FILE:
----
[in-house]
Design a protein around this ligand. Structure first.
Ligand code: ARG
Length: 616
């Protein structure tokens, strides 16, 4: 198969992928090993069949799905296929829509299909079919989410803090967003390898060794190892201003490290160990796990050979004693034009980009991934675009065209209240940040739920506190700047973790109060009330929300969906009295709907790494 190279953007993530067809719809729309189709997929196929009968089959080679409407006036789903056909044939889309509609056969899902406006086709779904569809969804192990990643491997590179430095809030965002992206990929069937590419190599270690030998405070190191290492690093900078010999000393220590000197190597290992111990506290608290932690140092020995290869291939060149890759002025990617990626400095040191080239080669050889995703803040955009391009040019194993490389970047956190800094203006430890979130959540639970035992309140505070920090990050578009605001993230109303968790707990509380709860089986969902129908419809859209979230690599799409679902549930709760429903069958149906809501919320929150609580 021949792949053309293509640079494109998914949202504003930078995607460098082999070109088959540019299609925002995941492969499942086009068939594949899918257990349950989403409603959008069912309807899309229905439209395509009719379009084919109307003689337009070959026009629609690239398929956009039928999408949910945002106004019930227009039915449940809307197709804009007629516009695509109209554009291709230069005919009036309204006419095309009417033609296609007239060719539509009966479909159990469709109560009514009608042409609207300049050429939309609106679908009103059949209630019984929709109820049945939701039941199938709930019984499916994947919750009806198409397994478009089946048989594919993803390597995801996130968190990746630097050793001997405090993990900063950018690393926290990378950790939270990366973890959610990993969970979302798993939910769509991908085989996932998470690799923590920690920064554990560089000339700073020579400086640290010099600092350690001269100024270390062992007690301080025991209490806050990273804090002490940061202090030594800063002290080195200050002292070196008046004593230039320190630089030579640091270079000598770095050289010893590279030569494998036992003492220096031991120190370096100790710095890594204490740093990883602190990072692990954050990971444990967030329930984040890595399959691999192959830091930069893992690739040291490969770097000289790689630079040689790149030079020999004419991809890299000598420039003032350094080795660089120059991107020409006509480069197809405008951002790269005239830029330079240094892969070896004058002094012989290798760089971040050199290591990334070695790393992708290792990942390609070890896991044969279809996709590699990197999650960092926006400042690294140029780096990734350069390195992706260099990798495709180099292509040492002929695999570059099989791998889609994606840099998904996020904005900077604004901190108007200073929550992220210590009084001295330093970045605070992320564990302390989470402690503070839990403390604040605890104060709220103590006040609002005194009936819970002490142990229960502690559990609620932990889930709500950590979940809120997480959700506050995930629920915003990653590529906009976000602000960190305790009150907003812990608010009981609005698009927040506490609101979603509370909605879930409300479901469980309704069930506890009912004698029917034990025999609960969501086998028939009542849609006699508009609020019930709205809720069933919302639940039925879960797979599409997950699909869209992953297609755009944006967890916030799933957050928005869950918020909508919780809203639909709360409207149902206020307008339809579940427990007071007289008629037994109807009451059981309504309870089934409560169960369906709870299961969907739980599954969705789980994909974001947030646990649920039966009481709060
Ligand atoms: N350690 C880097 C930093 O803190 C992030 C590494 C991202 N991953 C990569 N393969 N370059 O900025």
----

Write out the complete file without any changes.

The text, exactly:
[in-house]
Design a protein around this ligand. Structure first.
Ligand code: ARG
Length: 616
């Protein structure tokens, strides 16, 4: 198969992928090993069949799905296929829509299909079919989410803090967003390898060794190892201003490290160990796990050979004693034009980009991934675009065209209240940040739920506190700047973790109060009330929300969906009295709907790494 190279953007993530067809719809729309189709997929196929009968089959080679409407006036789903056909044939889309509609056969899902406006086709779904569809969804192990990643491997590179430095809030965002992206990929069937590419190599270690030998405070190191290492690093900078010999000393220590000197190597290992111990506290608290932690140092020995290869291939060149890759002025990617990626400095040191080239080669050889995703803040955009391009040019194993490389970047956190800094203006430890979130959540639970035992309140505070920090990050578009605001993230109303968790707990509380709860089986969902129908419809859209979230690599799409679902549930709760429903069958149906809501919320929150609580 021949792949053309293509640079494109998914949202504003930078995607460098082999070109088959540019299609925002995941492969499942086009068939594949899918257990349950989403409603959008069912309807899309229905439209395509009719379009084919109307003689337009070959026009629609690239398929956009039928999408949910945002106004019930227009039915449940809307197709804009007629516009695509109209554009291709230069005919009036309204006419095309009417033609296609007239060719539509009966479909159990469709109560009514009608042409609207300049050429939309609106679908009103059949209630019984929709109820049945939701039941199938709930019984499916994947919750009806198409397994478009089946048989594919993803390597995801996130968190990746630097050793001997405090993990900063950018690393926290990378950790939270990366973890959610990993969970979302798993939910769509991908085989996932998470690799923590920690920064554990560089000339700073020579400086640290010099600092350690001269100024270390062992007690301080025991209490806050990273804090002490940061202090030594800063002290080195200050002292070196008046004593230039320190630089030579640091270079000598770095050289010893590279030569494998036992003492220096031991120190370096100790710095890594204490740093990883602190990072692990954050990971444990967030329930984040890595399959691999192959830091930069893992690739040291490969770097000289790689630079040689790149030079020999004419991809890299000598420039003032350094080795660089120059991107020409006509480069197809405008951002790269005239830029330079240094892969070896004058002094012989290798760089971040050199290591990334070695790393992708290792990942390609070890896991044969279809996709590699990197999650960092926006400042690294140029780096990734350069390195992706260099990798495709180099292509040492002929695999570059099989791998889609994606840099998904996020904005900077604004901190108007200073929550992220210590009084001295330093970045605070992320564990302390989470402690503070839990403390604040605890104060709220103590006040609002005194009936819970002490142990229960502690559990609620932990889930709500950590979940809120997480959700506050995930629920915003990653590529906009976000602000960190305790009150907003812990608010009981609005698009927040506490609101979603509370909605879930409300479901469980309704069930506890009912004698029917034990025999609960969501086998028939009542849609006699508009609020019930709205809720069933919302639940039925879960797979599409997950699909869209992953297609755009944006967890916030799933957050928005869950918020909508919780809203639909709360409207149902206020307008339809579940427990007071007289008629037994109807009451059981309504309870089934409560169960369906709870299961969907739980599954969705789980994909974001947030646990649920039966009481709060
Ligand atoms: N350690 C880097 C930093 O803190 C992030 C590494 C991202 N991953 C990569 N393969 N370059 O900025």